In the post the other day, I received a Samsung C6625v – which is a QWERTY candybar form-factor device, running WinMo 6.1. The sales proposition behind it is that it’s a value solution for the Mobile workforce, and packs a reasonable array of features – the key one obviously being push email, natively supported by WinMo and a paired Exchange server. So we are not expecting bleeding edge in terms of hardware, but still something that is a solid punt in to the mid-range enterprise market. I should probably also say at this point that this particular device comes as a package with Vodafone – but you can read more about that here.
First of all, before I get in to things, let’s hear more of the official word on the device/solution:
The Samsung C6625v on Vodafone’s Outlook Mobile tariff is a great option for those who need to mobilise their staff members whilst keeping costs down. Starting at £7.50 per user per month, using an existing Microsoft Exchange Server setup and working hand-in-hand with Windows, it’s a very cost-effective package for businesses.
As you probably know, Windows Mobile gives you access to Outlook tools – mail, calendar and address book – as well as the ability to review and edit Word, Excel and Powerpoint files on the go. The Samsung C6625v is a 3.5G device with a QWERTY keyboard, A-GPS and a large 2.6” screen.
The combined feature set of Windows Mobile and the Samsung C6625v – with the very low running costs – compare really well with the other mobile solutions available.
So what did I think of it? Read on….
Let’s take the hardware first. Samsung are known for doing a good job on their devices hardware-wise, be they high-end, or even budget. The screens are always good, and likewise keypads. I’ve seen in the past some devices with less than great battery life, but I’m happy to report it’s pretty good on this one – thanks in no small part to the 1300mAh battery.
In terms of general look ‘n’ feel ‘n’ touch of the device, it’s great – really nicely weighted, well put together, and importantly for mobile emailing, the keys have good responsiveness and are well-spaced. Each of the feature buttons are well-placed too, so you can make/take calls without worrying you are hitting another random key and accidentally conferencing your mum in!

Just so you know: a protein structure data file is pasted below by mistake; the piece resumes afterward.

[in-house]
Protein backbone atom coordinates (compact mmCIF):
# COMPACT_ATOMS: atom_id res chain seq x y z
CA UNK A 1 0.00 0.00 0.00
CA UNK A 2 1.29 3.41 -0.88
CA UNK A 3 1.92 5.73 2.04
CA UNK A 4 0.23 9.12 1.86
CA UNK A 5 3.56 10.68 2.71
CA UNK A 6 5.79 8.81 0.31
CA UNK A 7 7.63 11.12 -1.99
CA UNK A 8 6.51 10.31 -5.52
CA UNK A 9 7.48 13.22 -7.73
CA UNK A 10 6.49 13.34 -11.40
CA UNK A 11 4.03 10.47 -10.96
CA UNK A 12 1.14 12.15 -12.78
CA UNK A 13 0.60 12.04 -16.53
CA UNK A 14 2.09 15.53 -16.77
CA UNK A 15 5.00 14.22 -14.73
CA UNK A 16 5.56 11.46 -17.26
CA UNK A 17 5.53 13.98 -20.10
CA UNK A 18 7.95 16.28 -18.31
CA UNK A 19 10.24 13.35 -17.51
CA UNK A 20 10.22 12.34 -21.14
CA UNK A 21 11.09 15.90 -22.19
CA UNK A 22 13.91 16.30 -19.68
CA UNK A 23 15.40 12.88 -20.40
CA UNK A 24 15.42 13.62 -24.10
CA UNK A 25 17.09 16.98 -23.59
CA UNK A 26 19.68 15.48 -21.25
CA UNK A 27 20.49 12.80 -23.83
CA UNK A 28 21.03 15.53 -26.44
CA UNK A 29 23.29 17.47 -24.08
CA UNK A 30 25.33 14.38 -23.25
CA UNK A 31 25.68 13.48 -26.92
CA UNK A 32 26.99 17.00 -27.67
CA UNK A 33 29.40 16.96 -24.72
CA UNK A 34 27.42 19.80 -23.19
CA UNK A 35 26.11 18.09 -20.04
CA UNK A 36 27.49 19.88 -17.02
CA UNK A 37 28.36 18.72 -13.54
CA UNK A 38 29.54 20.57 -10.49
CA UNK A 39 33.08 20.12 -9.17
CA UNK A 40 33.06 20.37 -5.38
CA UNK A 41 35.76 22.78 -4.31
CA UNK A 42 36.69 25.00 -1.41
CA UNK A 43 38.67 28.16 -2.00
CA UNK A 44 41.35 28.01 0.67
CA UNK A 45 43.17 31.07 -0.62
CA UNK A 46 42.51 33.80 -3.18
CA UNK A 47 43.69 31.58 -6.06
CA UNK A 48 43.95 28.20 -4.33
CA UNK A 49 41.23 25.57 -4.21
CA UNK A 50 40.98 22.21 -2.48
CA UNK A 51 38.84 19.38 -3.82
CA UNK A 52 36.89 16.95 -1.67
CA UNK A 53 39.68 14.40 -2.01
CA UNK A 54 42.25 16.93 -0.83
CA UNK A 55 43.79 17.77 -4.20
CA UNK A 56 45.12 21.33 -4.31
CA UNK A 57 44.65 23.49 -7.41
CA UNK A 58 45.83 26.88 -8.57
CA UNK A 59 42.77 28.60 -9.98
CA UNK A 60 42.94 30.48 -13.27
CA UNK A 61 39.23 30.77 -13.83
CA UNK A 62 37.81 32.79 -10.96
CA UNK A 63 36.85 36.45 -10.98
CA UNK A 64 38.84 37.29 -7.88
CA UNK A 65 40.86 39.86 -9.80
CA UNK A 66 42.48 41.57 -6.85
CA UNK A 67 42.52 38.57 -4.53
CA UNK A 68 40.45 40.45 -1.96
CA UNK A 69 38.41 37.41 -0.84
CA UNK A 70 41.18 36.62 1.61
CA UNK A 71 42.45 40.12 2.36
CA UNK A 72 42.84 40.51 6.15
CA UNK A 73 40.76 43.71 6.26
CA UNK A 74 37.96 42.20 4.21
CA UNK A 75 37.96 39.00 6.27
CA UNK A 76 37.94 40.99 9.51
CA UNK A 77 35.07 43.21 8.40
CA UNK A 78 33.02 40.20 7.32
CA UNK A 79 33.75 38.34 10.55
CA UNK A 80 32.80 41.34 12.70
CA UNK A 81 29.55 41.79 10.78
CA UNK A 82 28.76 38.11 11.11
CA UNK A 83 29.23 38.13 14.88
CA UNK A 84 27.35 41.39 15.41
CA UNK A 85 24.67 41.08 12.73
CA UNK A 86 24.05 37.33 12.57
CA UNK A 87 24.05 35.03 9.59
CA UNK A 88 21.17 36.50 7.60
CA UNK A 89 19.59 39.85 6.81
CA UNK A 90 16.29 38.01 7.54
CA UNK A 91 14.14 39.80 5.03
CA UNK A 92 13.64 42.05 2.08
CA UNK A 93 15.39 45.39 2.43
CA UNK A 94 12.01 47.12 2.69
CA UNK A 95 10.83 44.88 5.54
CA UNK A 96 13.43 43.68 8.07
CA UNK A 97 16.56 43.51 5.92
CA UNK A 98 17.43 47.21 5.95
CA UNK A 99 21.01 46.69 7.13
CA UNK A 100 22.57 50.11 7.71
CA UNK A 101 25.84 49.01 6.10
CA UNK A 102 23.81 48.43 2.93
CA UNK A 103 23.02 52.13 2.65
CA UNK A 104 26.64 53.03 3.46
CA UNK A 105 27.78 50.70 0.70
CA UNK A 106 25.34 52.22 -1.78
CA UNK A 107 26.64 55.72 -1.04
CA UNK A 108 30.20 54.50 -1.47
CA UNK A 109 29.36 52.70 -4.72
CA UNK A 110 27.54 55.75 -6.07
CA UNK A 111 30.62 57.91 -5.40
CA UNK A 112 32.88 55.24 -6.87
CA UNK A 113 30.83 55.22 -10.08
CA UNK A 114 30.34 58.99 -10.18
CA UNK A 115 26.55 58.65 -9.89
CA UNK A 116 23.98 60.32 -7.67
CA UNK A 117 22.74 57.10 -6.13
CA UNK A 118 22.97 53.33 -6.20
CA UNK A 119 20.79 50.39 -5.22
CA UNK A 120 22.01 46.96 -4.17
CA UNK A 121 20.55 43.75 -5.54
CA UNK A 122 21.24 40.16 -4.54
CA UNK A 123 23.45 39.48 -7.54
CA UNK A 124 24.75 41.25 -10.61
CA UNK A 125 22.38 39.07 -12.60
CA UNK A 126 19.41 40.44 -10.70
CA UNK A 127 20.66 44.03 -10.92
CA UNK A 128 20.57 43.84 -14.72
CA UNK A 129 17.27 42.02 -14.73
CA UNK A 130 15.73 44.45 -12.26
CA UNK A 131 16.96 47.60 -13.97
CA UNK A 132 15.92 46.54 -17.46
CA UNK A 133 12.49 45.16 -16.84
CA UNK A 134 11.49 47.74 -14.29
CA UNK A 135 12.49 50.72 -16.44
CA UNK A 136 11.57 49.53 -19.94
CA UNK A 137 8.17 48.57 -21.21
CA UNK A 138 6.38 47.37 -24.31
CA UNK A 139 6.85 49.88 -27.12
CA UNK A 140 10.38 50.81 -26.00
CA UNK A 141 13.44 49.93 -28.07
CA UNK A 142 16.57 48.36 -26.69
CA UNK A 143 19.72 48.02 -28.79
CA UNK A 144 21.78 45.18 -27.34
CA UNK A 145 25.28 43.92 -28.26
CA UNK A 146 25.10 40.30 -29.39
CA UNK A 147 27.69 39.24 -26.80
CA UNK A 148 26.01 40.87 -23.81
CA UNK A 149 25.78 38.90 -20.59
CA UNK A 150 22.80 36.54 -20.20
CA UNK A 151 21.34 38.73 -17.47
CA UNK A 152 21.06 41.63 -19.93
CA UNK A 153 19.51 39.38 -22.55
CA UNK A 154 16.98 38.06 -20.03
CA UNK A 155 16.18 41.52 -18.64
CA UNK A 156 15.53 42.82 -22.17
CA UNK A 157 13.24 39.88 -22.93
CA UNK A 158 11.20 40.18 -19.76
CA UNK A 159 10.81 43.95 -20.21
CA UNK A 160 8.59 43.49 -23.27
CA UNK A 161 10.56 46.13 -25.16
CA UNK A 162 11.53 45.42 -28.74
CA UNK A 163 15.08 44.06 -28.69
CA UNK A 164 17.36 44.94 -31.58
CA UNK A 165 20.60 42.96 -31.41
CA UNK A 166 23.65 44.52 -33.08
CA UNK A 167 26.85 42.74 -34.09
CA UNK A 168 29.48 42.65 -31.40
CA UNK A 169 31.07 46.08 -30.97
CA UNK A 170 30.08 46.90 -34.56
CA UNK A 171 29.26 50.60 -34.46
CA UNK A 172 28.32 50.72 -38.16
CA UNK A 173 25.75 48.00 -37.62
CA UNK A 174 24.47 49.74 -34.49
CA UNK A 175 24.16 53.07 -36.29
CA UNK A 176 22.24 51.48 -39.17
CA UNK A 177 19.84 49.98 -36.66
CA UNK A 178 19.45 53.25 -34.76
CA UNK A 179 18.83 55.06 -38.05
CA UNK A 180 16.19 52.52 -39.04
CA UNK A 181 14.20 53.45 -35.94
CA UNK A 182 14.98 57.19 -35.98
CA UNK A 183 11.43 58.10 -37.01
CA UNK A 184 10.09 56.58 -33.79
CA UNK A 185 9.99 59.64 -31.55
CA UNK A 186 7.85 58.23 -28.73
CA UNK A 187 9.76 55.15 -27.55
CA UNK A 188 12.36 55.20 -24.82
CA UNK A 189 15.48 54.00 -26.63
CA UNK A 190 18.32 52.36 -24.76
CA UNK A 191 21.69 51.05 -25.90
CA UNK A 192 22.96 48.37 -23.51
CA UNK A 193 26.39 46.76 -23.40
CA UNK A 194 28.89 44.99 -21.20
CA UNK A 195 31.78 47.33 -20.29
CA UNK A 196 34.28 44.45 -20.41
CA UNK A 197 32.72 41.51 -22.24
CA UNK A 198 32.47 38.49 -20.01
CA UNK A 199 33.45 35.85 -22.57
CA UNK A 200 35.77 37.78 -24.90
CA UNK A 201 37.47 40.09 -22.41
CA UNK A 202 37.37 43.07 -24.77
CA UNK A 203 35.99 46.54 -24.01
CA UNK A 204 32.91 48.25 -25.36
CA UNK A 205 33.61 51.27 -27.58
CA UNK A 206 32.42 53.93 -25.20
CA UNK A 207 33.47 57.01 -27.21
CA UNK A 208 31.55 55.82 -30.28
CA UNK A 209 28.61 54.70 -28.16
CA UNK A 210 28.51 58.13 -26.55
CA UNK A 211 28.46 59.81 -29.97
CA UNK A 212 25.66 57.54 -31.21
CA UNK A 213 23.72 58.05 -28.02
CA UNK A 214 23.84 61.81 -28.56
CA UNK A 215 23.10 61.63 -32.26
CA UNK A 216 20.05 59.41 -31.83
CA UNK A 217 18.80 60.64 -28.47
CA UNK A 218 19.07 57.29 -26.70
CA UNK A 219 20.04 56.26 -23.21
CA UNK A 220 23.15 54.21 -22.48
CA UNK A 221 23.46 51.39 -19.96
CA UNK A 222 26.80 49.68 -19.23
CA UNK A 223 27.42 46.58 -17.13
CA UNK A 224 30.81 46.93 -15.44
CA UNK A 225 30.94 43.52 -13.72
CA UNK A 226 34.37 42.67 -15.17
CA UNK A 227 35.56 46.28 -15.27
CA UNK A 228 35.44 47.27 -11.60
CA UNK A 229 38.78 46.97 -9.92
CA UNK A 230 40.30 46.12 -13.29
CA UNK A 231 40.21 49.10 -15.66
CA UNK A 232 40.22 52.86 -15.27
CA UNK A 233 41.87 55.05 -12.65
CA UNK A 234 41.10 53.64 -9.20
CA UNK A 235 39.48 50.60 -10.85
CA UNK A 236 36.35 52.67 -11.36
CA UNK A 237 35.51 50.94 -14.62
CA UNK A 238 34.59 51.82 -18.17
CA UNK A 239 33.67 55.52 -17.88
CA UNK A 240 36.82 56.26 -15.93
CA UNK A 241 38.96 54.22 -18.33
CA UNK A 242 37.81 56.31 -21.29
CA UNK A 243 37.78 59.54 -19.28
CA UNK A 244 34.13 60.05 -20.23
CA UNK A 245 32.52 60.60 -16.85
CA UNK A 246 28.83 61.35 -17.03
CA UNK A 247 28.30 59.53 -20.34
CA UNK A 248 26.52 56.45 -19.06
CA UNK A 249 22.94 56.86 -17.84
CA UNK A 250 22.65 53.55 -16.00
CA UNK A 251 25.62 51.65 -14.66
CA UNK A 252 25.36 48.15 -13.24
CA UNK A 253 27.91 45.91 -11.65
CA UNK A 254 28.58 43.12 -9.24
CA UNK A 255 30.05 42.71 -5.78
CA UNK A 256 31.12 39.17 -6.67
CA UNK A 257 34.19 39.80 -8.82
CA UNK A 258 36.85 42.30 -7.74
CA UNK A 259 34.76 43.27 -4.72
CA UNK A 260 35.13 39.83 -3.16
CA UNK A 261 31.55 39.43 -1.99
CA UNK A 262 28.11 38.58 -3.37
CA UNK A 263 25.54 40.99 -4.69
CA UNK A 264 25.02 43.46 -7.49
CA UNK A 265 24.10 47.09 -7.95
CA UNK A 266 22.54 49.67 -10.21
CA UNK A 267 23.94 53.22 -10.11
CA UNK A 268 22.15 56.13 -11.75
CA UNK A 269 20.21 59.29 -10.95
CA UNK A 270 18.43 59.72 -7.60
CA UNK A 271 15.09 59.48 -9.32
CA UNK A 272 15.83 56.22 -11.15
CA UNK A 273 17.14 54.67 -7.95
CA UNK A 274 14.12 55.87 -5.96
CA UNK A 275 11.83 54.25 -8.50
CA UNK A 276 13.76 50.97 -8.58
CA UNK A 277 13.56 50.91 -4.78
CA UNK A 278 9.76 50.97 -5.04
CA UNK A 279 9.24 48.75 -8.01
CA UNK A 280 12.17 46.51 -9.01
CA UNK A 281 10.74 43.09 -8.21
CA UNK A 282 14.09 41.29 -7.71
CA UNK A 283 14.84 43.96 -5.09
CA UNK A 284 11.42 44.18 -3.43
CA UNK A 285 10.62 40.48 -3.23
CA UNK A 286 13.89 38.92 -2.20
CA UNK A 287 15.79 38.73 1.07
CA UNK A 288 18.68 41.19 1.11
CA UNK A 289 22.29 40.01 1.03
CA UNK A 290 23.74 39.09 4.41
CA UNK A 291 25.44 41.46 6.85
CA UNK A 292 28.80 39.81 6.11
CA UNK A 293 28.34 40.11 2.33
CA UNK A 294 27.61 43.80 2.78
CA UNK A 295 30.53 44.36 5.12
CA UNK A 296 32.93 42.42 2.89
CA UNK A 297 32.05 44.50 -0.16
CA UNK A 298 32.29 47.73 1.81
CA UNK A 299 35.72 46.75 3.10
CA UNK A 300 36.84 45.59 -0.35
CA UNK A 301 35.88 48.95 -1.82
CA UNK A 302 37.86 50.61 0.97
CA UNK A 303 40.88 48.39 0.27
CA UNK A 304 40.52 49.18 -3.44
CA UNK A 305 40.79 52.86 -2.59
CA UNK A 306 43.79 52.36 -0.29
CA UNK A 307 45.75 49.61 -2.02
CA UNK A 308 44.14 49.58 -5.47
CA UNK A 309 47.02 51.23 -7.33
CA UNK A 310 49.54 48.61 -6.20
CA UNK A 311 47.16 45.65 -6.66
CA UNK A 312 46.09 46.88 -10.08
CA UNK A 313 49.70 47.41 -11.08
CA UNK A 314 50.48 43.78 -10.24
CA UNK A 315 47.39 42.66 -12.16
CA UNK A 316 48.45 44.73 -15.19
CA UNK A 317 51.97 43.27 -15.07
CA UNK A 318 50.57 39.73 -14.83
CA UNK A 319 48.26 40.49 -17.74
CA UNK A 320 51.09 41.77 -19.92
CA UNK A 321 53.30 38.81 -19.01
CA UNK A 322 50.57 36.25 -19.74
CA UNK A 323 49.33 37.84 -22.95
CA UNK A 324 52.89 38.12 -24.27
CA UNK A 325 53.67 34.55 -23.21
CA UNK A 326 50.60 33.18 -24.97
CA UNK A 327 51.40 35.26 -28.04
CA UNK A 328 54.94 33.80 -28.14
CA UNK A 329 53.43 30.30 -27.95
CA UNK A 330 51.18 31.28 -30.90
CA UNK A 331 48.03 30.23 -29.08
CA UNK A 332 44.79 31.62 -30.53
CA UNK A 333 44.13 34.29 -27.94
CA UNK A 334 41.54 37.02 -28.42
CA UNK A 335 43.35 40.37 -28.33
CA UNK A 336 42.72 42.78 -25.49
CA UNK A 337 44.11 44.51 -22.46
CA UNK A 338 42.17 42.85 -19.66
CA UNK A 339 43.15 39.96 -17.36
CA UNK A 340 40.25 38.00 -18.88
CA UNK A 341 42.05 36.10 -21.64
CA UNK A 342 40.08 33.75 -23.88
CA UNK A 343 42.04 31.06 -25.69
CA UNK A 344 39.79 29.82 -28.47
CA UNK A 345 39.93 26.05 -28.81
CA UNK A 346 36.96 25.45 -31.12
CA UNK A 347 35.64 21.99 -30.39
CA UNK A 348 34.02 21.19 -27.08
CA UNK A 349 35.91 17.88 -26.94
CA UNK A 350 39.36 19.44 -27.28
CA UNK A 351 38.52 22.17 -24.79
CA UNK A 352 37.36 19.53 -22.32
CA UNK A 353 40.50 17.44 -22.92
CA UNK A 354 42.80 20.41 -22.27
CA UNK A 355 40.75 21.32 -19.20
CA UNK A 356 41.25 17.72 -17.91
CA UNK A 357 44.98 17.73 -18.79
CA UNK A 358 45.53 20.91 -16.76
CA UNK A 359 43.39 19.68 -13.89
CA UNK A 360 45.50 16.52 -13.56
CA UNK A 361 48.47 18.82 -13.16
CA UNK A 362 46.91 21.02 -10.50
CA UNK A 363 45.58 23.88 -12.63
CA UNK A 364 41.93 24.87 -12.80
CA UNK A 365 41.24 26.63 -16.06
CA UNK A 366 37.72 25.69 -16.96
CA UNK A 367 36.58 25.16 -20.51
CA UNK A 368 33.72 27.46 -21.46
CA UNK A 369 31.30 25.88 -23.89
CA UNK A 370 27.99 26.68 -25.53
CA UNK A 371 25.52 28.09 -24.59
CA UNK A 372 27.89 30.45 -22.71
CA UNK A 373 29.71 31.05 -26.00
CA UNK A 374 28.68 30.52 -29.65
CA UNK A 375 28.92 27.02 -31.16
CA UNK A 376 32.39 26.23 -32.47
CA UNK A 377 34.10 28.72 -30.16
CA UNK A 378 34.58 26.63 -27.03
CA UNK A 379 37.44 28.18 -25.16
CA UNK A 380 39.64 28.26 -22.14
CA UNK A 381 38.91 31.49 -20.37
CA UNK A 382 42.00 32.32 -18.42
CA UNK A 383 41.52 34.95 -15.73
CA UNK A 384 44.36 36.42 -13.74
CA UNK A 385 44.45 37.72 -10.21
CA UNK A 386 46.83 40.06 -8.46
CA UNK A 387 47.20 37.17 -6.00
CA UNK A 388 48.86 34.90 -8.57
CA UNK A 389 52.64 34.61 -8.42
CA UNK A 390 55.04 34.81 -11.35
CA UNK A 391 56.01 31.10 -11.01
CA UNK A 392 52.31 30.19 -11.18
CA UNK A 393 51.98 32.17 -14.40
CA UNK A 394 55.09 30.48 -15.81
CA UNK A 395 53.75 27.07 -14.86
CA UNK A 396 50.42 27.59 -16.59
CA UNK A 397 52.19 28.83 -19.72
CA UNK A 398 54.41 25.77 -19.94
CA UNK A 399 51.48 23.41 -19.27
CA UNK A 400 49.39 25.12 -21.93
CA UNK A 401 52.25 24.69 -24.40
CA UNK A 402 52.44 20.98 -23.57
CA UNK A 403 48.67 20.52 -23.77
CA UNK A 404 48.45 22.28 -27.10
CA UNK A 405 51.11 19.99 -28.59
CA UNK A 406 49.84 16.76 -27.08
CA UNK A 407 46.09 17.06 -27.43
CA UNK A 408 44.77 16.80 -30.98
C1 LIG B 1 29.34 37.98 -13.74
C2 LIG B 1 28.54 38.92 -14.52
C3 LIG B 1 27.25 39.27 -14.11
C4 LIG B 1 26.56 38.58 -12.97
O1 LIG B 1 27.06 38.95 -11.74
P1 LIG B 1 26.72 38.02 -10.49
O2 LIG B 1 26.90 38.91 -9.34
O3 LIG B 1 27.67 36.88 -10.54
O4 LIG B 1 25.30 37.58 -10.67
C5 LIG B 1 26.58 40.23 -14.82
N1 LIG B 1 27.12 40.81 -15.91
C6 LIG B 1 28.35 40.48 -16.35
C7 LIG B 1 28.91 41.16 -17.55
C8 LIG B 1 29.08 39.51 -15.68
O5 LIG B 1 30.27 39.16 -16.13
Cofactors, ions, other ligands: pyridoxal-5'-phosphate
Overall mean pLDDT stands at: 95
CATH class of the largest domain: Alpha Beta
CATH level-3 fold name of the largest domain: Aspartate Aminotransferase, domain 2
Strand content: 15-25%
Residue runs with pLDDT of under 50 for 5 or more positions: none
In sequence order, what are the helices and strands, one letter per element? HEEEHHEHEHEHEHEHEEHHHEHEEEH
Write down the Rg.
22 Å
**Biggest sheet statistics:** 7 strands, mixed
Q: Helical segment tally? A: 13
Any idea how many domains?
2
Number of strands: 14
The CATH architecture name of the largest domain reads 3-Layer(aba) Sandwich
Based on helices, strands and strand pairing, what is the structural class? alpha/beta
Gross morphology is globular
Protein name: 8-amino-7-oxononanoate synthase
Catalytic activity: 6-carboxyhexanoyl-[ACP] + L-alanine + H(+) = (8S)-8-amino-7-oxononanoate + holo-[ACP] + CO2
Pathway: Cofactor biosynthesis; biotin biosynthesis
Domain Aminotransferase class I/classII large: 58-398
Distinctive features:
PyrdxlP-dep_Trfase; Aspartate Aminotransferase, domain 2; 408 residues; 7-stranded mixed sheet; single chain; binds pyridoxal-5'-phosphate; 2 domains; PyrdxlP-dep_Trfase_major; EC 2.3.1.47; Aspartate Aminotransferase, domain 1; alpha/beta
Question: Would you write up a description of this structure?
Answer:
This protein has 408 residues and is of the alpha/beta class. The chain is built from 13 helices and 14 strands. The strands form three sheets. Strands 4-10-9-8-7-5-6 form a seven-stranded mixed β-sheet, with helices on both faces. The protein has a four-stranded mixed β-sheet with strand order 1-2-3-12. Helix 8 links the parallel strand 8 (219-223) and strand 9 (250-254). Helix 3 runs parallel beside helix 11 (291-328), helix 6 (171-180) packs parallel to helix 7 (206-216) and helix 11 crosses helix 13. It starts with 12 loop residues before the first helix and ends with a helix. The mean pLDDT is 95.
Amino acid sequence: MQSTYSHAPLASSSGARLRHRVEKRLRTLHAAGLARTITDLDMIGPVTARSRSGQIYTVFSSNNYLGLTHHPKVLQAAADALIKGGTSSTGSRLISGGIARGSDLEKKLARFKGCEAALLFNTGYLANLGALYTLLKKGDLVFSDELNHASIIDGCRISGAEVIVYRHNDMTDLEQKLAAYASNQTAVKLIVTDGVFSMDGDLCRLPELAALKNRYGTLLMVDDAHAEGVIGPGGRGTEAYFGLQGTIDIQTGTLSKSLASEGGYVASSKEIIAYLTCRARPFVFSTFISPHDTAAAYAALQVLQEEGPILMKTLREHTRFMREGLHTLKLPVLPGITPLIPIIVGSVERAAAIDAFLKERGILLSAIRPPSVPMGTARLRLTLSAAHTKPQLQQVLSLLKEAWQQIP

The device only packs a 2.0MP camera, which isn’t great shakes, but having said that, this isn’t one of the core features of the device – what ARE the core features include:
- 1300mAh battery
- Loud/High sound quality
- (and of course push email! – but that’s software)
Now you might think some of the above features are basic, but I liken this to the ruggedized devices that we report on – it has to be (very) good at a couple of things, and then after the rest of the features come a distant second. Clearly here it’s utility for the mobile worker that is key, with fast data connections, mapping (utilising the GPS), and long battery life. But enough of hardware (which I really rate), and something about the software.
Software-wise, I’m upset. WinMo 6.1 does look very archaic compared to the likes of the HTC Hero, Apple iPhone 3GS, but worse than that it’s REALLY slow. I am going to create a video package which will be posted up soon, to show you just how slow. This is a real disappointment, because one of the things a mobile worker will expect is to get on with their job – not wait for the OS and applications to catch up!
Again, I’m really disappointed.
This could have been a stunningly good handset for the market segment it’s trying to address – instead we’ve got fantastic hardware, and really quite slow software (O/S). What Samsung might have been better off doing is sticking their own O/S in there, and seeing if they could license the exchange integration from Microsoft.
Actually, as a general point, I’m quite worried about WinMo – I recently tried the Toshiba TG01, and that ran slowly too – despite having the Snapdragon 1GHz processor in it – what does it take to get WinMo to run without lagging?!
Coming back to the C6625v, I guess as a basic solution for email for a mobile workforce it will be OK – but the dated and laggy O/S would I am sure mean that it isn’t such a joy to use – a real shame, as I like the hardware a great deal.
You can read more about the device and the Vodafone Outlook Mobile tariff here.
[Image via: Samsung]